New Delhi: In Mira Nair’s Netflix series A Suitable Boy, adapted from Vikram Seth’s magnum opus, protagonist Lata — played by the enchanting Tanya Maniktala — chooses shoemaker Haresh Khanna, played by Namit Das, out of her three potential suitors.
Khanna is an unpopular choice among viewers but Lata’s decision is a layered ode by the book’s author to his father, Prem Seth, who was an executive at Bata.
A foreign shoe brand, Bata is still seen by many Indians as homegrown.
The company took birth in the Czech Republic in 1894 and entered the Indian market in 1931, in Kolkata. At a time when retail stores were not a concept in India, Bata dominated the scene with a branding primarily “limited to word-of-mouth and merchandising through point of sale”, a former Bata executive recalled.
Bata footwear became so popular that a neighbourhood in Kolkata came to be known as Batanagar. The company also designed products meant especially for the Indian market. “Bata products were meant for Indian feet and conditions,” brand strategist Harish Bijoor told ThePrint.
Bata advertisements as ‘case studies’
Bata, however, faced stiff competition from local brands such as Gola Shoes, Liberty, Paragon and Khadim during the 1980s. This was when Bata went on an advertising spree — showing its undefeated points about utility, durability and pricing.
Bijoor, however, said advertising didn’t do as much for Bata as retail stores. “Universality of the brand in the lives of ordinary people was more important than ubiquity in newspapers or the TV,” he added.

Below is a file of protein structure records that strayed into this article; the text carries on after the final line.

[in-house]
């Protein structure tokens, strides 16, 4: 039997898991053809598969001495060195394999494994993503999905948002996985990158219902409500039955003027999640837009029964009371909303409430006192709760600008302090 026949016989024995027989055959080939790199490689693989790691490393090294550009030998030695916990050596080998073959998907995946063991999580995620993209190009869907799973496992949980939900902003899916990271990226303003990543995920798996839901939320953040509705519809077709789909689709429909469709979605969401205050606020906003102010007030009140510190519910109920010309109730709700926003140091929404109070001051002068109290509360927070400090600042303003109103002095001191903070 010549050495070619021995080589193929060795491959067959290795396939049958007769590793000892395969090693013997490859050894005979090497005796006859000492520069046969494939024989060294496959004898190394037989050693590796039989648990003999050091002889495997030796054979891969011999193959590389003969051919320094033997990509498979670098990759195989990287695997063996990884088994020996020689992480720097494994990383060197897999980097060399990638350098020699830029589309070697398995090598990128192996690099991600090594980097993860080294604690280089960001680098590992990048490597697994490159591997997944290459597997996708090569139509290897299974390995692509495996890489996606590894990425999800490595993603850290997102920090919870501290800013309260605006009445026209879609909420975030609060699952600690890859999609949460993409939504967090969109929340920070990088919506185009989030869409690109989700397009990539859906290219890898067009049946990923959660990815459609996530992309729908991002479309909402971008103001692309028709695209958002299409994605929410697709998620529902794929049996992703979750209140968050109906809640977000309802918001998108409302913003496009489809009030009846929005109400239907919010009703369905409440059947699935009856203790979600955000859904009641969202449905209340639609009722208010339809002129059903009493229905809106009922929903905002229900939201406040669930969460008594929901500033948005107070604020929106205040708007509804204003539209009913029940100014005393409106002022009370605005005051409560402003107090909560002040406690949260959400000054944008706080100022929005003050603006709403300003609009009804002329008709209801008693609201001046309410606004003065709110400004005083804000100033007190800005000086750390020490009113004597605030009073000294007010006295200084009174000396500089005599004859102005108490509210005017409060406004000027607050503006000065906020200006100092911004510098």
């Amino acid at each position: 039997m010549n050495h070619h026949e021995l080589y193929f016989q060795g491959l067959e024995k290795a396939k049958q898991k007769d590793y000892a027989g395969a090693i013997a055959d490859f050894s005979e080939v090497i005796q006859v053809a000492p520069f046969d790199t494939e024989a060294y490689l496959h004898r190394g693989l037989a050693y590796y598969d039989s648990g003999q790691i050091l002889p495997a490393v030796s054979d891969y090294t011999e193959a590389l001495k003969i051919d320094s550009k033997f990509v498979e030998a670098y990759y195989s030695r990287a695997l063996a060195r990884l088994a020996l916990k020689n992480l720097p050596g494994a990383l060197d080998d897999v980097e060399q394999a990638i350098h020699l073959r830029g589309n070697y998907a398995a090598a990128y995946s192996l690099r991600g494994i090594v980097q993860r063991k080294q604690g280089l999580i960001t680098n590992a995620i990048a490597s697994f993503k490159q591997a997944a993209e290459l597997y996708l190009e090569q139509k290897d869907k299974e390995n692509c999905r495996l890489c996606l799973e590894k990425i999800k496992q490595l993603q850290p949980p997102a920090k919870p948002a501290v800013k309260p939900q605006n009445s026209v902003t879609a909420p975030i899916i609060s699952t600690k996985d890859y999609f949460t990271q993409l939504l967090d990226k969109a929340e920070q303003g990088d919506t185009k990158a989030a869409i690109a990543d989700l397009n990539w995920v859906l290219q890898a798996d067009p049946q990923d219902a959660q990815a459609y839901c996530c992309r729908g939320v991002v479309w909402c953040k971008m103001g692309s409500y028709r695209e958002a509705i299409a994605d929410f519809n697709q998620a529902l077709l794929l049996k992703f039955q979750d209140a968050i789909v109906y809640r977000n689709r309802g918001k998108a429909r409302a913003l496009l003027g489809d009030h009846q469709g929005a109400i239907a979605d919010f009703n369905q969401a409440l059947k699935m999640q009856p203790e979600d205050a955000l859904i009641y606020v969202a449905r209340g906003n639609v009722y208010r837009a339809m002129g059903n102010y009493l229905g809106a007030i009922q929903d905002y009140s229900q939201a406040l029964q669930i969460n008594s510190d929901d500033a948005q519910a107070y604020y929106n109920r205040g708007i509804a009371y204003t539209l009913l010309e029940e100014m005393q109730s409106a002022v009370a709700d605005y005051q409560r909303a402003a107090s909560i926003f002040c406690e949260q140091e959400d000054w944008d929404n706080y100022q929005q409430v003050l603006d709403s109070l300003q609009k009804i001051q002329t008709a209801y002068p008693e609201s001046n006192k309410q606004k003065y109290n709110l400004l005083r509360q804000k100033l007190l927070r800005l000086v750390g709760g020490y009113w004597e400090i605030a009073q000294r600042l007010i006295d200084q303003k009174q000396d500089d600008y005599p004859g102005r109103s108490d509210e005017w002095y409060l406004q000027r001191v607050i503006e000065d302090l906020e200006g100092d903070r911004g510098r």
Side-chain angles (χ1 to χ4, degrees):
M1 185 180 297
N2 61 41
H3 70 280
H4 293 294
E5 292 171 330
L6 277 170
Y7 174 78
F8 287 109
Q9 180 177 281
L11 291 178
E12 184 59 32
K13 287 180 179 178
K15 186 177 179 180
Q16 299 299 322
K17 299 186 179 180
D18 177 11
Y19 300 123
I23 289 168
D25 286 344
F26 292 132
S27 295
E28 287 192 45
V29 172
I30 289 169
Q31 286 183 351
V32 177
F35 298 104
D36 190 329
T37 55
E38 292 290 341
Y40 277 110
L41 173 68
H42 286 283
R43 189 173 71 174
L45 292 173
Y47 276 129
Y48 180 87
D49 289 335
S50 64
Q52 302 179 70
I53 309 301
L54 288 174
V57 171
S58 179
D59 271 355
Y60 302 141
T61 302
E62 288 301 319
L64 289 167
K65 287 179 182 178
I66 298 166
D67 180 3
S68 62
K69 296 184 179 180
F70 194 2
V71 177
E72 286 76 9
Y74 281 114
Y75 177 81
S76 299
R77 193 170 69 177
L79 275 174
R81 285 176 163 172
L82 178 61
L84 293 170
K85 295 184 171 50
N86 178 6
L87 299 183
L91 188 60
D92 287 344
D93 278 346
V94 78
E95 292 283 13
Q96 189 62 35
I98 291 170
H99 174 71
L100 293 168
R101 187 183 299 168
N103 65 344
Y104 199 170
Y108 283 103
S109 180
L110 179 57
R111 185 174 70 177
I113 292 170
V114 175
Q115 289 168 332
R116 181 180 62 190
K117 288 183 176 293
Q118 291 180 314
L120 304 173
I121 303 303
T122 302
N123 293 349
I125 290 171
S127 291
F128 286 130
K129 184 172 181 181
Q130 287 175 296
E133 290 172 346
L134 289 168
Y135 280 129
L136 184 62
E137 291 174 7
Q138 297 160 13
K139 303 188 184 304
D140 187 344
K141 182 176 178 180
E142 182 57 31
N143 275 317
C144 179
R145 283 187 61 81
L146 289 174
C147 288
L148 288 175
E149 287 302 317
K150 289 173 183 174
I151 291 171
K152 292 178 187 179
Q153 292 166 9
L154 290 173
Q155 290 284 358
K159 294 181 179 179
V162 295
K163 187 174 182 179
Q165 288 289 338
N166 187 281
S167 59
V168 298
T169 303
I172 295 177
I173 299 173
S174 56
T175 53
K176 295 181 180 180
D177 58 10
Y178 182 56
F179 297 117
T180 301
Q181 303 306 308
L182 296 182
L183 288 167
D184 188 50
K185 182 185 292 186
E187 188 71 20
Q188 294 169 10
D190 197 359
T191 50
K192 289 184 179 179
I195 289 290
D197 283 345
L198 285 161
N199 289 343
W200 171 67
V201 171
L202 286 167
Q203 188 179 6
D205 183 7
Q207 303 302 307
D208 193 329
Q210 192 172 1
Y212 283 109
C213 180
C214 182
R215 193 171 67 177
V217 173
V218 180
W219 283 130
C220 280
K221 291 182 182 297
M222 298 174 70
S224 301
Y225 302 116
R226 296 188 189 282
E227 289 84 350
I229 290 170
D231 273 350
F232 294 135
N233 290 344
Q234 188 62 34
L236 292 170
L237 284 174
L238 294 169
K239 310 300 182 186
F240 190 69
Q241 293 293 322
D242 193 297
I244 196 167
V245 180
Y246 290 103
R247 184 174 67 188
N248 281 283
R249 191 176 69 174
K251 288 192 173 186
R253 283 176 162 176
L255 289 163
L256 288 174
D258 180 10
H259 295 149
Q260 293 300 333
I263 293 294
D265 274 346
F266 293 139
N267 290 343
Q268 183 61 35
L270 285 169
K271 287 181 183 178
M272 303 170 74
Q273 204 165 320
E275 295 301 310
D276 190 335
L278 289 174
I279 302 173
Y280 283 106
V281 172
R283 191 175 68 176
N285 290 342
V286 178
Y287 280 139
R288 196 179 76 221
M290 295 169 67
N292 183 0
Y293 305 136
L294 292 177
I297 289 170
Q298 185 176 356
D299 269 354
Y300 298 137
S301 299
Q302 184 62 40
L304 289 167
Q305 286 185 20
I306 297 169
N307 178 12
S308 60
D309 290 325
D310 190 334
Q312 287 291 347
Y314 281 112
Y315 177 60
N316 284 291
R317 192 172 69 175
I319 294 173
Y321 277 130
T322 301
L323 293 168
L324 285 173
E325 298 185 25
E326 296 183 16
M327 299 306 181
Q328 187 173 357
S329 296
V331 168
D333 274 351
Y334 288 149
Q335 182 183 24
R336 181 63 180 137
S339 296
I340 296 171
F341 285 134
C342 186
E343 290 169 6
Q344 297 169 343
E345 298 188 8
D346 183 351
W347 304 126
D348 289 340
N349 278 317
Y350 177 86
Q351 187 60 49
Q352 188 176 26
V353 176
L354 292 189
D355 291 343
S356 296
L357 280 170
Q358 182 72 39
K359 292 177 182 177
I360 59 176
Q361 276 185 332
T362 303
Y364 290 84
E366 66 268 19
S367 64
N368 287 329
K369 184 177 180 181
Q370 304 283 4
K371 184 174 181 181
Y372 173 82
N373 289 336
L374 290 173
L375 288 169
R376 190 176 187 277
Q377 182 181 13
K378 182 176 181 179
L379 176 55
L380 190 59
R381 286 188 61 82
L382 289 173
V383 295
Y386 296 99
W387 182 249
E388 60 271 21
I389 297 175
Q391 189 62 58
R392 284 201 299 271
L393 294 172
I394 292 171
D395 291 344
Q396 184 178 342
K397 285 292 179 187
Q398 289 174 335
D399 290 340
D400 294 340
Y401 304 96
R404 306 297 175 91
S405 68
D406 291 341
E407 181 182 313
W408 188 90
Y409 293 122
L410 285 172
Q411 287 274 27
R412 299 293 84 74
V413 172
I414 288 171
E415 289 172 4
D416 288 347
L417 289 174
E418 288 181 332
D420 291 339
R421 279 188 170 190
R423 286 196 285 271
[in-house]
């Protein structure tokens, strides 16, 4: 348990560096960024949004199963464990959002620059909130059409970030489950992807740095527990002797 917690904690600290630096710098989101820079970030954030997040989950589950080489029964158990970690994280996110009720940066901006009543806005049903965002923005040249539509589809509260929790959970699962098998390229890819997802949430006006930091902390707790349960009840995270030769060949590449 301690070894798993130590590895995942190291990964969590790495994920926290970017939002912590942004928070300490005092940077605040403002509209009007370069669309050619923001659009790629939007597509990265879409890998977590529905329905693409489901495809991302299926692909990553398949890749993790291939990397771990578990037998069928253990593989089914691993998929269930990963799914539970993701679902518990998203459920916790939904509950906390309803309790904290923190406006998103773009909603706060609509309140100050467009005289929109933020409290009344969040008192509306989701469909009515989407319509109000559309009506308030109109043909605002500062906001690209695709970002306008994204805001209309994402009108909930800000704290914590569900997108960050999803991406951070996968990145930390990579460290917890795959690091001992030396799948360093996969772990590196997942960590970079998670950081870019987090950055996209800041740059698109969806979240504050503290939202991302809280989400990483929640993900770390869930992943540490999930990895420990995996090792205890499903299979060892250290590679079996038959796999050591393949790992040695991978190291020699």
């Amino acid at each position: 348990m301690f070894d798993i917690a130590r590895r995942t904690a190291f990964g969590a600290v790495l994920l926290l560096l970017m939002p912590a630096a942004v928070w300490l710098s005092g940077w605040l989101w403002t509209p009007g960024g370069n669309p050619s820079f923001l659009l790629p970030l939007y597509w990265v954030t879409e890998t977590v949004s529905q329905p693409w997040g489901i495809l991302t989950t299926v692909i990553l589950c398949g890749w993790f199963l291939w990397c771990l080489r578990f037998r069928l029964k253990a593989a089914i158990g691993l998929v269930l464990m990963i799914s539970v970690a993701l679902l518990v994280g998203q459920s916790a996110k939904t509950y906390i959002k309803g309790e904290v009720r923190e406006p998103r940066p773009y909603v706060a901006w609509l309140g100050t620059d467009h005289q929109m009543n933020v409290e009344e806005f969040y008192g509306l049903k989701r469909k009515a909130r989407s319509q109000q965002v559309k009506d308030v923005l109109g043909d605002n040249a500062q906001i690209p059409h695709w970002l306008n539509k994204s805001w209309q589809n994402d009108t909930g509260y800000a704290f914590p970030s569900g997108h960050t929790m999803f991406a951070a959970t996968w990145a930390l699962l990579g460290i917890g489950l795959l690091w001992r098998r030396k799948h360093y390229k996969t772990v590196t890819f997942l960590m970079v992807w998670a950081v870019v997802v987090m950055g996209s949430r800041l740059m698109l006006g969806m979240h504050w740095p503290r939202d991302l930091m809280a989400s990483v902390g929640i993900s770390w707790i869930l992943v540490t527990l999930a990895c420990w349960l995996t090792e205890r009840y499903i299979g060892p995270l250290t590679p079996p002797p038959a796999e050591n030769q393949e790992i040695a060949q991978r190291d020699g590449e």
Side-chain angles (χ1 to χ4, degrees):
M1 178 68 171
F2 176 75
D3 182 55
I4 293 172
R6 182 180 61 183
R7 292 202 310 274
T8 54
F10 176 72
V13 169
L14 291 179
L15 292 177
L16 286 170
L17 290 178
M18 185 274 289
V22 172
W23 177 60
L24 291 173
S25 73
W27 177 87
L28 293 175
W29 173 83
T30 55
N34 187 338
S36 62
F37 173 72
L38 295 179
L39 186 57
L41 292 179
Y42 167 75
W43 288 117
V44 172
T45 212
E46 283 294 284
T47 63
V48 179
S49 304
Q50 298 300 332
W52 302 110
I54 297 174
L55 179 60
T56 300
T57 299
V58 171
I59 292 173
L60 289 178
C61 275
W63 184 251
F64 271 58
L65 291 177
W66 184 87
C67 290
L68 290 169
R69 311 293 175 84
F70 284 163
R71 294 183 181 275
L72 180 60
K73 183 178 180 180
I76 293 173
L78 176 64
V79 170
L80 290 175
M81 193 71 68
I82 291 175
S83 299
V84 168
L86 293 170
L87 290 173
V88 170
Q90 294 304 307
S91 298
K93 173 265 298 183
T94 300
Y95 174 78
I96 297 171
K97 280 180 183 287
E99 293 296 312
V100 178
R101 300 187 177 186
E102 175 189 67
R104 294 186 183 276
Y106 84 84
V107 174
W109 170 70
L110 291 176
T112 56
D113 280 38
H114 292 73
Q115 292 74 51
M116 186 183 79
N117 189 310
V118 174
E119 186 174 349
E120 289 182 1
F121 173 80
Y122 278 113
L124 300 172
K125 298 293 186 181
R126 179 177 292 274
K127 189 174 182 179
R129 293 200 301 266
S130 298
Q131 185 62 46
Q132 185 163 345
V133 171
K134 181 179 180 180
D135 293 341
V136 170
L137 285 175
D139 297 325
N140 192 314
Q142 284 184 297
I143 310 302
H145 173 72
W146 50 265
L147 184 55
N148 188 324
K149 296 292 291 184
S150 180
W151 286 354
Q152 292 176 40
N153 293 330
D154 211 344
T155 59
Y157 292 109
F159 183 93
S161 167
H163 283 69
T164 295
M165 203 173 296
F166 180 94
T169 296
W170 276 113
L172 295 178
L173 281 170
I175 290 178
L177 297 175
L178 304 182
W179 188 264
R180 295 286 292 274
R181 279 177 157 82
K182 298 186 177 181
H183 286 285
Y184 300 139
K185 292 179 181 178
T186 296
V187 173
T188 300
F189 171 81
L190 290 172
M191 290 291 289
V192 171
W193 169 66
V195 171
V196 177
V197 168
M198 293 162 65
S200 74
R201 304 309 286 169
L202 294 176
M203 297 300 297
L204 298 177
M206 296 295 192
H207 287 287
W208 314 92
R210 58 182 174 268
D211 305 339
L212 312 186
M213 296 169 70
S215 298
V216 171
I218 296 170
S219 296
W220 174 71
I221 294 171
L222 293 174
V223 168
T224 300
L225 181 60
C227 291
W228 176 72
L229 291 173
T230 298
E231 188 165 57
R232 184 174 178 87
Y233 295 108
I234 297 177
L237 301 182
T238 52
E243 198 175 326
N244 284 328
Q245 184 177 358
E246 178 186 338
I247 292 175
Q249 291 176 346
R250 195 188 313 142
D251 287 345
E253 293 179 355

That being said, Bata’s advertisement strategies have long been touted as remarkable “case studies in many MBA schools“. While various advertisements were customised for target audiences, such as men, women, children and the youth, Bata continued to give prime importance to utility and pricing of its footwear.
Its vintage print advertisements were bereft of any catchy one-liners. The brand stuck to a simple, straightforward message about its pricing and durability. For example, an advertisement for sandals read, “Garmi main sukhad sheetalta (pleasing coolness in summer)”, with six different designs of the footwear.
Another ad promoted its designs saying, “step out in style”, while one for its collection of coloured canvas shoes read “sneak into the world of colour”, with an image of young people sporting the footwear.
Those growing up in the 1970s, 80s and 90s have fond memories of Bata school shoes. It used to inevitably be the first pair of school shoes for nearly every boy or girl at the time.
Bata had also developed advertisements that promoted this experience and ritual of a visit to the store before every school session. “First to Bata, then to school” was one of its famous taglines.
“I looked forward to it myself. Entering a Bata store, with its bright lights and trademark red and white logo, people bringing out the foot measures and placing them in front of you, someone fitting the shoes, and boxes upon boxes being opened for you. Bata was a product that cascaded into an experience, which then became daily usage,” Bijoor said.
That was not all. The company is also believed to have introduced many in the Indian subcontinent to the advantages of wearing quality shoes. “Beware of Tetanus, even a small injury could be dangerous — so wear a shoe”, a 1938 tagline for its rubber shoes read.
Many also spoke about how that the brand’s 99.99 paise price tag, which came to be known as the Bata rate, became attractive for customers since it indicated “a low or fair price”.
The price tag enticed the middle class and the brand’s exquisite designs attracted the rich. Delhi-NCR resident and Bata customer Jyoti Bahl said, “Bata played on the psychology of consumers with its 99 paisa strategy.”
Bata’s “small name” also worked in its favour. “The brand name was also completely apt for India. With just four letters and two syllables, it was easy to pronounce for the Indian market,” Bijoor noted, emphasising how this helped the company shed its “international image”.